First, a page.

The Aztecs used cacao beans as currency, trading the beans for everything from green chiles to avocados to prostitutes. Counterfeiters made fake cacao beans out of painted or dyed wax, ash, clay, and avocado pits, and they even emptied real cacao beans and filled them with sand or mud to avoid detection. But the counterfeit chocolate industry is still going strong today. Modern chocolate counterfeiters may mix cheap ingredients such as vegetable oil into chocolate bars, use lower quality cacao beans than they claim, or put fake labels on the chocolate. Fraud can also occur among growers and middlemen who mix some regular cacao beans in with a batch of premium beans, making detection difficult.
Because most consumers can’t easily differentiate between the many varieties of fish that exist, fish is commonly counterfeited. Cheap or undesirable seafood (with high mercury levels) may be mislabeled as a more expensive or safer fish. For example, escolar can be sold as white tuna, tilapia is often sold as red snapper, and farmed fish can be mislabeled as wild-caught. In the early 2010s, a study [PDF] of over 1000 fish samples across the U.S. showed that 33 percent of the samples were mislabeled.
Vodka is a big target of counterfeiters, especially in Europe and Russia. Vodka forgers, including members of organized crime, distill the fake alcohol in factories, bottle it, and stamp it with labels of well-known companies such as Smirnoff and Absolut. Some counterfeit vodka contains dangerous ingredients such as bleach, methanol, paint thinner, and antifreeze. In 2012, almost two dozen people died in the Czech Republic after drinking contaminated, counterfeit liquor.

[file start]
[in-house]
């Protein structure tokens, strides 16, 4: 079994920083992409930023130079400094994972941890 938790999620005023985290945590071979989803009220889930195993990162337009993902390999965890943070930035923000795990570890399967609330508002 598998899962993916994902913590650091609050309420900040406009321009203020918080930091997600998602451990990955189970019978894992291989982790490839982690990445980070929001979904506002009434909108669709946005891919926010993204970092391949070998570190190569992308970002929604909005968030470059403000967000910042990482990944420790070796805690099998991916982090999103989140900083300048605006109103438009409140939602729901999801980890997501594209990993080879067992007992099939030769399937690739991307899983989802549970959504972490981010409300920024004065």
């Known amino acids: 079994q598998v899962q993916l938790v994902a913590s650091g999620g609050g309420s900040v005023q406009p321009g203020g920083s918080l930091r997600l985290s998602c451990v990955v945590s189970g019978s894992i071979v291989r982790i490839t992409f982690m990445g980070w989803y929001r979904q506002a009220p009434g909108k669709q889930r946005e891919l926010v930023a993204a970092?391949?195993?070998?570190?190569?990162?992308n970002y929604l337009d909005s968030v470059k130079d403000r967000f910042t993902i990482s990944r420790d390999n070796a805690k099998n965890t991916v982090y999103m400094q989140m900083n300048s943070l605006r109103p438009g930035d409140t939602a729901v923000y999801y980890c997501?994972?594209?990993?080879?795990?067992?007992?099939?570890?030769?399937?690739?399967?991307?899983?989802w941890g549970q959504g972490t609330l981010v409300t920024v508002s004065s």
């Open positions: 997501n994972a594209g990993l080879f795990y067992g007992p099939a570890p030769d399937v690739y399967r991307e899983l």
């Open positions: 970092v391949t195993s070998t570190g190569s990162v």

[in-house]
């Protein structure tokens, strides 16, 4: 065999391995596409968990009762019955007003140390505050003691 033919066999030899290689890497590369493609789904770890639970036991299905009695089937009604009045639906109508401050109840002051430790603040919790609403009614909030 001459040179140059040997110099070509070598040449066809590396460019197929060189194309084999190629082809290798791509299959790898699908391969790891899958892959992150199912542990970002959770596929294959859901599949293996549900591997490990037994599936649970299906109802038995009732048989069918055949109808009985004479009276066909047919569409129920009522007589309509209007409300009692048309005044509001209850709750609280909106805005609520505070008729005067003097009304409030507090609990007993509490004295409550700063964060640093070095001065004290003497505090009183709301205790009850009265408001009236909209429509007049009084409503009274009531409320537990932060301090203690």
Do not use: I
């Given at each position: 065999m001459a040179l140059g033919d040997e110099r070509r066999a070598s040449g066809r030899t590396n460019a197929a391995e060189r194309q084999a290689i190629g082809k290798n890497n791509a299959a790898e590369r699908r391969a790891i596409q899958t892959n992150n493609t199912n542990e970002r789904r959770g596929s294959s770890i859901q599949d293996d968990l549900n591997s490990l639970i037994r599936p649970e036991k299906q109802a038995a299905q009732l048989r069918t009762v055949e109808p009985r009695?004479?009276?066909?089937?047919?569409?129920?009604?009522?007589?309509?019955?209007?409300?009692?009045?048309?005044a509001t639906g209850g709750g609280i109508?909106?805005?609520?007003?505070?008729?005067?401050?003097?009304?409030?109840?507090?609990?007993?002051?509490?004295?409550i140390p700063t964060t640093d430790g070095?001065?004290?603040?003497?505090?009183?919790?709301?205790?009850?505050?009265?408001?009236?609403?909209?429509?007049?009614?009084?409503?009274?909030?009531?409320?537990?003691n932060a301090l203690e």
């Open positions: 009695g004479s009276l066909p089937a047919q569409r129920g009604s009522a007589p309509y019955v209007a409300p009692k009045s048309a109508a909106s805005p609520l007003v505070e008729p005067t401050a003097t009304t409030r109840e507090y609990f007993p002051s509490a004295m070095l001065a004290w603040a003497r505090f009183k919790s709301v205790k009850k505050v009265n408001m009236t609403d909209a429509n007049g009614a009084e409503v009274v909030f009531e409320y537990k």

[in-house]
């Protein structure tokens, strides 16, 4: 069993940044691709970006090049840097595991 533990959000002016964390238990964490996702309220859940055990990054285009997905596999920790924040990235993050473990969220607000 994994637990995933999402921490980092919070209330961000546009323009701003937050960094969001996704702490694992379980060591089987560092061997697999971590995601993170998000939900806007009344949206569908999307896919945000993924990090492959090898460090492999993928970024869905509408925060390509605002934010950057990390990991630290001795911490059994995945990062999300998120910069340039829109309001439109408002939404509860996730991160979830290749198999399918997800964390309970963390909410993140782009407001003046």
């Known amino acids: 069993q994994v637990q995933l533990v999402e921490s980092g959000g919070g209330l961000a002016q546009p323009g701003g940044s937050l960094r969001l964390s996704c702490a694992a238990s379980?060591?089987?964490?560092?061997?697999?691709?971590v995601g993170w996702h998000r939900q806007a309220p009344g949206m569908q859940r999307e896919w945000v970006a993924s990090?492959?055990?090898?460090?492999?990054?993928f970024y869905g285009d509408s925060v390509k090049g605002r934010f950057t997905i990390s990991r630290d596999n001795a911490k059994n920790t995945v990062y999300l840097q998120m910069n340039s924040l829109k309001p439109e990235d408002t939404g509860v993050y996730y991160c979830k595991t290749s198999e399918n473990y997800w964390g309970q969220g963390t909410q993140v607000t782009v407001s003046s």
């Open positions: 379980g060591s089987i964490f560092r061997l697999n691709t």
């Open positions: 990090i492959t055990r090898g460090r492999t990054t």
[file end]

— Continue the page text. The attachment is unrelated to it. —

Because of its high price, saffron is vulnerable to fraud for those who try to bargain hunt. Saffron counterfeiters often pass off dried safflowers, onions dyed orange or red, and turmeric as saffron. To make sure you’re not getting fake saffron, buy threads rather than ground saffron, and smell it—but don’t rely on your nose alone. Some saffron counterfeiters mix in a few real strands with the fake ones.
Many people can’t taste the difference between a fine wine and a cheaper one—or at least they are less likely to notice a difference between a quality $30 bottle and an imitation—so counterfeit wine is a con artist's treasure trove. In 2012, for example, wine collector Rudy Kurniawan made $50 million by selling counterfeit wine. Using sealing wax and affixing fake labels to bottles, he ran a wine counterfeiting operation out of his home in Los Angeles for nearly a decade before he was sentenced to 10 years in prison. Luckily, the wine industry has started adopting anti-counterfeiting technology such as radio frequency identification (RFID) scanning and DNA testing, so you might not have to worry about unintentionally ordering a glass of fake wine.
All photos via iStock.